Brands are able to generate love for their brand when the consumer does connect with the brand. I wish everyone would stop debating what makes a great brand and realize that all five connectors matter: promise, strategy, story, innovation and experience. The first connector is the Brand Promise, which connects when the brand’s main Benefit matches up to the needs of consumers. Once knowing that promise, everything else feeds off that Promise. For Volvo the promise is Safety, for Apple it is Simplicity and FedEx it might be Reliability. It’s important to align your Strategy and Brand Story pick the best ways to communicate the promise, and then aligning your Innovation and the Experience so that you deliver to the promise. To ensure the Innovation is aligned, everyone in R&D must be working towards delivering the brand promise. You don’t create a new brand promise based on what you invent. If someone at Volvo were to invent the fastest car on the planet, should they market it as the safe-fast car or should they just sell the technology to Ferrari. Arguably, Volvo could make more money by selling it to a brand where it fits, rather than trying to change people’s minds. As for the experience, EVERYONE in the company has to buy into and live up to the Brand Promise. As you can start to see, embedding the Brand Promise right into the culture is essential to the brand’s success.

It starts with the Brand DNA

Everything in the company should feed off the Brand DNA. The Brand DNA (some call it the Brand Essence) is the most succinct definition of the Brand. For Volvo, it’s “Safety”, while BMW might be “Performance” and Mercedes is “Luxury”. The Tool I use to determine a Brand’s DNA revolves around the Brand’s personality, the products and services the brand provides, the internal beacons that people internally rally around when thinking about the brand and consumer views of the Brand. What we normally do is brainstorm 3-4 words in each section and then looking collectively begin to frame the Brand’s DNA with a few words or a phrase to which the brand can stand behind.
The DNA helps Guide the Brand’s Management

The Brand DNA should help frame 1) Brand Plan that drives the business for the upcoming year or the next 5 years 2) Brand Positioning that connects to the consumer through marketing communications 3) Customer Value Proposition that links the consumer needs to the benefits of the brand 4) Go-To-Market strategy that frames the distribution and the selling process 5) Cultural Beacons that help define the brand internally through values, inspiration and challenge and finally 6) Business Results, with each brand offering a unique way that it makes money. Each of these six needs feed off the Brand DNA, look to the definition as a guideline for how to align to the brand.

When you begin to blow this out one step further, you can start to see where the complexity comes into play with each of the six areas have their own needs that should still feed off that Brand DNA.

The DNA sets up the Brand Values

Great Brand Leaders should be looking at the culture as an opportunity to win in the market place. No matter how good your promise is, if you’re company is not set up to deliver that promise, everything comes crashing down. The brand story told within the company is even more important than what you might tell the market through your advertising.

Managing organizational culture is very challenging. The DNA should provide an internal beacon for all the People in the organization to follow and deliver the brand promise. As you move along the Brand Love Curve from Indifferent to Like It to Love It and on to Beloved status, you need to make sure the culture keeps pace with where the brand is.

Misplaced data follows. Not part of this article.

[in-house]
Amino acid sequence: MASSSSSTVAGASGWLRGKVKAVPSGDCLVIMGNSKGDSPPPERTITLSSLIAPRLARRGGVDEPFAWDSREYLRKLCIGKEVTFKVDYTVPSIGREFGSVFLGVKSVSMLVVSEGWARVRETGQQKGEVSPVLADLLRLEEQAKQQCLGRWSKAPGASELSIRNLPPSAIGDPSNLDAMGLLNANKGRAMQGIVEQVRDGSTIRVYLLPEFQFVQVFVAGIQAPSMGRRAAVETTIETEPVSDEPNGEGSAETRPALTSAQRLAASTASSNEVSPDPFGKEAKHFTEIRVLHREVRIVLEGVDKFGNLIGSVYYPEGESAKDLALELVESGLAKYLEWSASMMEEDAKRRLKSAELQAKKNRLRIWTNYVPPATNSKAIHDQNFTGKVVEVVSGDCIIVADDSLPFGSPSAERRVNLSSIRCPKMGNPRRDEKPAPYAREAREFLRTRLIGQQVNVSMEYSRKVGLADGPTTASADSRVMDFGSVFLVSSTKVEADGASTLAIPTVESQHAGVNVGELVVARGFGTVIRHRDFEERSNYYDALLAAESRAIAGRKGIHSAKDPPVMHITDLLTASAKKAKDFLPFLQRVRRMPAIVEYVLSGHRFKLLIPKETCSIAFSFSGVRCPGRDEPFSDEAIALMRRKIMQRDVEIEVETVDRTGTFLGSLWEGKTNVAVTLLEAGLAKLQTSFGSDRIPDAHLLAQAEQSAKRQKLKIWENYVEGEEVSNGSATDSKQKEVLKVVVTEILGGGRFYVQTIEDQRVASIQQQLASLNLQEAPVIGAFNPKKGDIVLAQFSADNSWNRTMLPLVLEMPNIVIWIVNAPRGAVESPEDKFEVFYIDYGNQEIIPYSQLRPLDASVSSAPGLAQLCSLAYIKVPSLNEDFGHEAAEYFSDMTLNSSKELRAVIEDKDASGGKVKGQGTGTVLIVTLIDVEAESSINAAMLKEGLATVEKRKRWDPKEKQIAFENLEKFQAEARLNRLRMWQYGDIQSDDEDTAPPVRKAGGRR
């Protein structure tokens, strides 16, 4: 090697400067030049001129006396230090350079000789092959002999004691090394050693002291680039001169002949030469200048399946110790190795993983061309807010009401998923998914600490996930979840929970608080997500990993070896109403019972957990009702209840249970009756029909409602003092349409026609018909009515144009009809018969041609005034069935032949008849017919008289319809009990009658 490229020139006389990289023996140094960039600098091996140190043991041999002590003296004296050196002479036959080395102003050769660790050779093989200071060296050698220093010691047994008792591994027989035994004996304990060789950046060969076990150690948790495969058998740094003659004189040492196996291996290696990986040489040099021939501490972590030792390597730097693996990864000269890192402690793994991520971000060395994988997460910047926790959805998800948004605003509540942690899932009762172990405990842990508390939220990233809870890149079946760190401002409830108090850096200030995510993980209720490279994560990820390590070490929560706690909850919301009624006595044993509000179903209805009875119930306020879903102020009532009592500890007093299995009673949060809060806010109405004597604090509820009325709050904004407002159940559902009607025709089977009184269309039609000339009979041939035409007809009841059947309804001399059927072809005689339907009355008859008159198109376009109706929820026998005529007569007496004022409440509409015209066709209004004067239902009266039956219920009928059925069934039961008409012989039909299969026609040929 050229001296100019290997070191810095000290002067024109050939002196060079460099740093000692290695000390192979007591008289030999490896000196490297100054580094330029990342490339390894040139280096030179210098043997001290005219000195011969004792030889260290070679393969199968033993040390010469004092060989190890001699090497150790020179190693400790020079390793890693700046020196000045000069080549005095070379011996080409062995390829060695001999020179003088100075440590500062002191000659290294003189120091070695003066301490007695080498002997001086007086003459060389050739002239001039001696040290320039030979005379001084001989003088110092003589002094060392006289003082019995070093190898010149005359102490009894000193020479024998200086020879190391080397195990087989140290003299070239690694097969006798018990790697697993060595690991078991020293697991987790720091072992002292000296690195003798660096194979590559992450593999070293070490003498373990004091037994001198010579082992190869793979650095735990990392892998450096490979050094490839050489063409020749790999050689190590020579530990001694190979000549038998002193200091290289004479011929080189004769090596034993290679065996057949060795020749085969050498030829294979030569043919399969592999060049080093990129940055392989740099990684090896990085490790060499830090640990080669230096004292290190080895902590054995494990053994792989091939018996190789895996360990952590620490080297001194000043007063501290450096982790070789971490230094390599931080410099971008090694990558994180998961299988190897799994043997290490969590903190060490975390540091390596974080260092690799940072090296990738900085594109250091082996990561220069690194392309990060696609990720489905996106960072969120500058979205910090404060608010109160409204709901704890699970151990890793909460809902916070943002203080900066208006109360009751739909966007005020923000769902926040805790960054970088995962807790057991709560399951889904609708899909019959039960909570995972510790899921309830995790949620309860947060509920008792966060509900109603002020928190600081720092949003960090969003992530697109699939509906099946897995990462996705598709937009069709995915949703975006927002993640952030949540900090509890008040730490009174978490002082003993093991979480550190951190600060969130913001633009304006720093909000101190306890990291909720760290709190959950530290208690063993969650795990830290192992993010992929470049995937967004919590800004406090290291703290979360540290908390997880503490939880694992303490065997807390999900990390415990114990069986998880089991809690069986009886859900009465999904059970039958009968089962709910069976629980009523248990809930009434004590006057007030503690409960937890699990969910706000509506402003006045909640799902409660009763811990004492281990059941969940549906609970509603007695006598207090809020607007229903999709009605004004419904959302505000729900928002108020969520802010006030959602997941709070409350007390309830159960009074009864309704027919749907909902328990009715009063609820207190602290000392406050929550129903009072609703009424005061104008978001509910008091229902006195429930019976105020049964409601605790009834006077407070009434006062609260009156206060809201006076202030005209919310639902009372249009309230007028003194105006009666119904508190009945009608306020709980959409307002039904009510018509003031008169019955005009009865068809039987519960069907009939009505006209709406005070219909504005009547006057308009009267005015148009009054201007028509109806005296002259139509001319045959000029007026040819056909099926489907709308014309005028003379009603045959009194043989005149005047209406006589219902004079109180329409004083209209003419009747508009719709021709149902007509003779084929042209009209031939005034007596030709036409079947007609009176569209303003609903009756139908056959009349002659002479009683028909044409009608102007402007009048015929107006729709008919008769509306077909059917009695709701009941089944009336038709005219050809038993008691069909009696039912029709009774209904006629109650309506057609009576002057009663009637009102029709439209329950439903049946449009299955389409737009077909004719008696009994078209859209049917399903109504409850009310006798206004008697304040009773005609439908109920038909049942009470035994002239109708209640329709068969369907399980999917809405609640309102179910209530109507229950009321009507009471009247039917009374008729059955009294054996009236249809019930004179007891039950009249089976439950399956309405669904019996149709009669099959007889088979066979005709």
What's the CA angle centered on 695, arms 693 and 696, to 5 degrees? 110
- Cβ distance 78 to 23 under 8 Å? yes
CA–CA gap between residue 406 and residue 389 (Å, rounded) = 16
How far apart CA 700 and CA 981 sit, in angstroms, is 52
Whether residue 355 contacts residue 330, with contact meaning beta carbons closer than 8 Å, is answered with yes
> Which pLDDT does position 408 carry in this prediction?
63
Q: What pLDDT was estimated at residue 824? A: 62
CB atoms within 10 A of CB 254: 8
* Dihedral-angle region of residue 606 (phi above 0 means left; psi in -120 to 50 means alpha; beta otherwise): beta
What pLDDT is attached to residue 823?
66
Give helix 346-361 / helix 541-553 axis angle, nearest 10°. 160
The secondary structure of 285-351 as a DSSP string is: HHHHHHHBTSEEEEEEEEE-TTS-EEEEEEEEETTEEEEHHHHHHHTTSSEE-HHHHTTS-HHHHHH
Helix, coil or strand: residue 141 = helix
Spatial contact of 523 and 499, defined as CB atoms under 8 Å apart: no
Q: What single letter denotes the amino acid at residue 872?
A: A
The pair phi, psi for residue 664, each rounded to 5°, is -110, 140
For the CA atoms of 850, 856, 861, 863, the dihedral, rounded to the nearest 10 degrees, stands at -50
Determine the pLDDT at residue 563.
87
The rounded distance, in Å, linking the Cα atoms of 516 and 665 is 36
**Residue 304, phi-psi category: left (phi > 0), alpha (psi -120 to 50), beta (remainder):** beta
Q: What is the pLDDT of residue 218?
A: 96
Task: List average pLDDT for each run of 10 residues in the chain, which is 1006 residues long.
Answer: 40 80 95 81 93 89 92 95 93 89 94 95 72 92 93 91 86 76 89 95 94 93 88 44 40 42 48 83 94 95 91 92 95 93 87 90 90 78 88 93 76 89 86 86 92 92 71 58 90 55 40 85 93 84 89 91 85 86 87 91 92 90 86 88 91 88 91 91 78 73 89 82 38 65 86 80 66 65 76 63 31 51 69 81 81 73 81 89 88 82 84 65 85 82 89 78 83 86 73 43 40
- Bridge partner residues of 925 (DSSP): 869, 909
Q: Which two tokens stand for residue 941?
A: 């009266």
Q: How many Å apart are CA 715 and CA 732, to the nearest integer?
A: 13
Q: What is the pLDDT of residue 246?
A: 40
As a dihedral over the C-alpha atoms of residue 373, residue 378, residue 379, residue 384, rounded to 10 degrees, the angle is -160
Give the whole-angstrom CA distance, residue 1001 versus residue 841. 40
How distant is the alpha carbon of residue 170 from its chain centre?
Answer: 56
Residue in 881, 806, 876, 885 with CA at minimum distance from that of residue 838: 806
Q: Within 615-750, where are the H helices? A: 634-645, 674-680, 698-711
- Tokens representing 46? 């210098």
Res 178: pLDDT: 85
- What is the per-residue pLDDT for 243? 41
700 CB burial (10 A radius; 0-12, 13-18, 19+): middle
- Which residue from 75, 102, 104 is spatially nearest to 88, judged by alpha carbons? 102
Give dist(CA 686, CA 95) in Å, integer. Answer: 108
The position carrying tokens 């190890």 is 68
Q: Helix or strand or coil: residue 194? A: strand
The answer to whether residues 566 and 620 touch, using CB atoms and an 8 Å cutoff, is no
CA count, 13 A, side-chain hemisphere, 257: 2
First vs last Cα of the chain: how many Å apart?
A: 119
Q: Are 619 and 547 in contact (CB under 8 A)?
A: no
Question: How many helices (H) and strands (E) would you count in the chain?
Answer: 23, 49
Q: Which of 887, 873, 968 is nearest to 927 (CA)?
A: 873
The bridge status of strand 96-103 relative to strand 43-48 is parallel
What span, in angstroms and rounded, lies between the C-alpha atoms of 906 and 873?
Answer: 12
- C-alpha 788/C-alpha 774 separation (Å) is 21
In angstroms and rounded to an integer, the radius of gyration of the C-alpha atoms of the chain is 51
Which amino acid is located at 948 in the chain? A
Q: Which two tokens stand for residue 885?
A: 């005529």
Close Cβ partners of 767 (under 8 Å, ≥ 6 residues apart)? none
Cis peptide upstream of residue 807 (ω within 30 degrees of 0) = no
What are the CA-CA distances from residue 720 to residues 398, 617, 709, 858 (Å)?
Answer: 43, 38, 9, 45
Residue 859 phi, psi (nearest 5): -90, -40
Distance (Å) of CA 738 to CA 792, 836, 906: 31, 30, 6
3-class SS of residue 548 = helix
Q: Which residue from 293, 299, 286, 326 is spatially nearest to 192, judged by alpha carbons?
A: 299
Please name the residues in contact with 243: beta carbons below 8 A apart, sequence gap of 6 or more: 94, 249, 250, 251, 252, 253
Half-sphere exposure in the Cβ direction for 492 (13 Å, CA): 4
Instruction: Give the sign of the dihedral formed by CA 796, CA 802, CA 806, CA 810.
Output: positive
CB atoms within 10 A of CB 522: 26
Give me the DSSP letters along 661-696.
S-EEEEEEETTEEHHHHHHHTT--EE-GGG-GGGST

While the DNA can provide the internal beacon, it might not be enough to capture all the behaviors. Brand Values should come from the DNA, and act as guideposts to ensure that the behavior of everyone in the organization is set to deliver upon the Brand’s promise. How do you want your people to show up? What type of service do you want? How much emphasis on innovation? What type of people do you want to hire? What behavior should be rewarded and what behavior is off-side. Having the right Brand Values will help you answer these questions. The Brand Values become an extension of what the Brand Leader wants the brand to stand for.

A great example of Brand Values is the Virgin Group of Companies defines what each value is, but also what it shouldn’t be. I love that Fun means enjoyment but not incompetent and Value means simple but not cheap.

The Right People Leadership Matters

Having values is one thing, but the other component of Culture is the right people leadership. Use the values to help people deliver upon the right behaviors, skills and experiences. Leaders must embody the Brand’s DNA and live by the values. Employees will be watching the Leaders to ensure they are living up to the words on the wall. Leaders need to believe that by investing in their people, the business results will come. Better people produce better work and that drives better results. Talent management means hiring the right people and providing the right training. Too many companies are skimping on training and development, which is equivalent to cutting back on your R&D.

Every communication to employees, whether in a speech or memo, should touch upon the Brand Values, by highlighting great examples of when employees have delivered upon a Brand Value. Leverage values, with inspirational touch points and processes to inspire and challenge them on achieving greatness. The culture will only change when everyone makes the decision to make the change.
Brand Leaders should look to Culture as an Asset that can make your Brand Experience even more powerful.

To read more on this subject, read the following presentation:

I run Brand Leader Training programs on this very subject as well as a variety of others that are all designed to make better Brand Leaders. Click on any of the topics below:

How to Write an Effective Brand Positioning Statement
How to Write a Creative Brief
How to Write a Brand Plan
How to Think Strategically
How to Drive Profits from Your Brand
How to Run a Brand
How to Write a Monthly Report

To see the training presentations, visit the Beloved Brands Slideshare site at: http://www.slideshare.net/GrahamRobertson/presentations

If you or team has any interest in a training program, please contact me at graham.robertson@beloved-brands.com

About Graham Robertson: I’m a marketer at heart, who loves everything about brands. My background includes 20 years of CPG marketing at companies such as Johnson and Johnson, Pfizer Consumer, General Mills and Coke. The reason why I started Beloved Brands Inc. is to help brands realize their full potential value by generating more love for the brand. I only do two things: 1) Make Brands Better or 2) Make Brand Leaders Better. I have a reputation as someone who can find growth where others can’t, whether that’s on a turnaround, re-positioning, new launch or a sustaining high growth. And I love to make Brand Leaders better by sharing my knowledge. My promise to you is that I will get your brand and your team in a better position for future growth. To read more about Beloved Brands Inc., visit http://beloved-brands.com/inc/ or visit my Slideshare site at http://www.slideshare.net/GrahamRobertson/presentations where you can find numerous presentations on How to be a Great Brand Leader. Feel free to add me on Linked In at http://www.linkedin.com/in/grahamrobertson1 or on follow me on Twitter at @GrayRobertson1